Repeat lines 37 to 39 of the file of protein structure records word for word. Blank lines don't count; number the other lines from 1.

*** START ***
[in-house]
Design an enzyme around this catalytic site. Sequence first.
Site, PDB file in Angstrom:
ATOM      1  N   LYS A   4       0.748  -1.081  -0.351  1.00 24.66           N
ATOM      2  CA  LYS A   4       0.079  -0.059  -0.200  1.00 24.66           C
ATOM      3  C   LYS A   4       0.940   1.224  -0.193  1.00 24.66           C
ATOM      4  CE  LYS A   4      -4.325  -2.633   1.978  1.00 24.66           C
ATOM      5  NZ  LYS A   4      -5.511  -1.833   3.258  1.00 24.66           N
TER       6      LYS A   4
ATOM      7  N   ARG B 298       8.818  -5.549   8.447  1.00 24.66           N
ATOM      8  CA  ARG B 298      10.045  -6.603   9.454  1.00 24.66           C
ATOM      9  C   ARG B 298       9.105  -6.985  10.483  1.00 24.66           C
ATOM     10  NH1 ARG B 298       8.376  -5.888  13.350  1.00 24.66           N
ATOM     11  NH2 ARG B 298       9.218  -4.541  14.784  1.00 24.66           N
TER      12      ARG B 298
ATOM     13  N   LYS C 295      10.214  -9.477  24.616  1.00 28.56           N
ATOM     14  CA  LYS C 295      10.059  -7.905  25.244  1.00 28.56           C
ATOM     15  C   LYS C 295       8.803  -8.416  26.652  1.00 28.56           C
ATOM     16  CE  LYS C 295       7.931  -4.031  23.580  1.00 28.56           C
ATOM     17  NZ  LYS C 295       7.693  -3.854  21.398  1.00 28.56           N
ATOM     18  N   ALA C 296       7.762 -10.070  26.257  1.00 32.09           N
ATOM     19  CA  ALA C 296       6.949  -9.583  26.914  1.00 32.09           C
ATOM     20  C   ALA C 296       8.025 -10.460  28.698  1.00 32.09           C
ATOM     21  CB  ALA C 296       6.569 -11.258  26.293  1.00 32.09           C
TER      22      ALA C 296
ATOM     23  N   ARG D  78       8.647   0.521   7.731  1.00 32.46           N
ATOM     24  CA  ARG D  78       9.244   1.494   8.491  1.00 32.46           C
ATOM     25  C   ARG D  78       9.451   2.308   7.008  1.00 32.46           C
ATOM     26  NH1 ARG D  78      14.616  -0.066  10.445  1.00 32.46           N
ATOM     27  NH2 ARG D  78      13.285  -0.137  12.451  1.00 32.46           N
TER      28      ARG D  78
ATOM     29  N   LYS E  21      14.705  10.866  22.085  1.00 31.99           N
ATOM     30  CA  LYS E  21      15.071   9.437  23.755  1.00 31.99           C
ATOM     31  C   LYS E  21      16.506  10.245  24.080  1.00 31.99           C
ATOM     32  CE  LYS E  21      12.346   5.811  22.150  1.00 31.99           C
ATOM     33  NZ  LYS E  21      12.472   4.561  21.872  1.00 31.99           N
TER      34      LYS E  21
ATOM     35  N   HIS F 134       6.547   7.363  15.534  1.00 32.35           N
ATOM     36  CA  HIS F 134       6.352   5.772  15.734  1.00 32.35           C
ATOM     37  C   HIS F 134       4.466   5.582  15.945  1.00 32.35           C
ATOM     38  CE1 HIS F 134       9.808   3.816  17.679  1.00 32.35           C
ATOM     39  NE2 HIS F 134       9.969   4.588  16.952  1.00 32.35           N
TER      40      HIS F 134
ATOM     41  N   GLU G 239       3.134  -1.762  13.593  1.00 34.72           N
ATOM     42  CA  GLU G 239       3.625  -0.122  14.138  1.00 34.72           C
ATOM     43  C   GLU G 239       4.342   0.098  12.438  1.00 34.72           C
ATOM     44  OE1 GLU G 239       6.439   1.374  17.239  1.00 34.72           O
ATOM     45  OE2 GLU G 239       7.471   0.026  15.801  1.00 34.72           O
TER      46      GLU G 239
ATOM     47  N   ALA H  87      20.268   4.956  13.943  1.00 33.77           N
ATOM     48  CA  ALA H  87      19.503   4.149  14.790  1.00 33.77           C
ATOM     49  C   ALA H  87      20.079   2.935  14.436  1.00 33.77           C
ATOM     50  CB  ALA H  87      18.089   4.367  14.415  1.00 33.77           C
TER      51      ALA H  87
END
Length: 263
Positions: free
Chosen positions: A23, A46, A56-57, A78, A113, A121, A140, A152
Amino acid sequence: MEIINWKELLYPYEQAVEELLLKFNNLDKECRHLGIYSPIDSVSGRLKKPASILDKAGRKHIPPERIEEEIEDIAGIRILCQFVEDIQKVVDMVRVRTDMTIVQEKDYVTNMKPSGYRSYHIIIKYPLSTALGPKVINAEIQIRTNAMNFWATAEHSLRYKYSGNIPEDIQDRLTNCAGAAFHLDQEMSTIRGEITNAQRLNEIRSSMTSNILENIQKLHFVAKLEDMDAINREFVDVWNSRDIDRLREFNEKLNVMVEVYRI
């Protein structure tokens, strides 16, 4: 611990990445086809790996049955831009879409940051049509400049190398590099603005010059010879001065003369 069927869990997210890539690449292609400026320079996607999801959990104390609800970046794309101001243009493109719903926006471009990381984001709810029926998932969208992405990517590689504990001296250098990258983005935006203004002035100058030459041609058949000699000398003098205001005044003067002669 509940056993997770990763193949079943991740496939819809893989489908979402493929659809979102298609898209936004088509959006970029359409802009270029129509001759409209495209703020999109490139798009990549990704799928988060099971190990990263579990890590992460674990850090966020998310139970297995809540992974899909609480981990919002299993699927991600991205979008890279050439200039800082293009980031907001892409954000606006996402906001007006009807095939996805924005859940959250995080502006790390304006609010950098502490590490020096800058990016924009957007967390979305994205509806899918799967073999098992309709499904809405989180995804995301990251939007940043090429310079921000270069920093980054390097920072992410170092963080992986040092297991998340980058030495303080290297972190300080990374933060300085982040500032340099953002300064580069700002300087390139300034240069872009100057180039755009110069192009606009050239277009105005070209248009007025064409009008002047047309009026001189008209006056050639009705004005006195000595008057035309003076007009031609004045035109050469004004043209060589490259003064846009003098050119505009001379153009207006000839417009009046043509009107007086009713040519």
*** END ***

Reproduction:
TER      34      LYS E  21
ATOM     35  N   HIS F 134       6.547   7.363  15.534  1.00 32.35           N
ATOM     36  CA  HIS F 134       6.352   5.772  15.734  1.00 32.35           C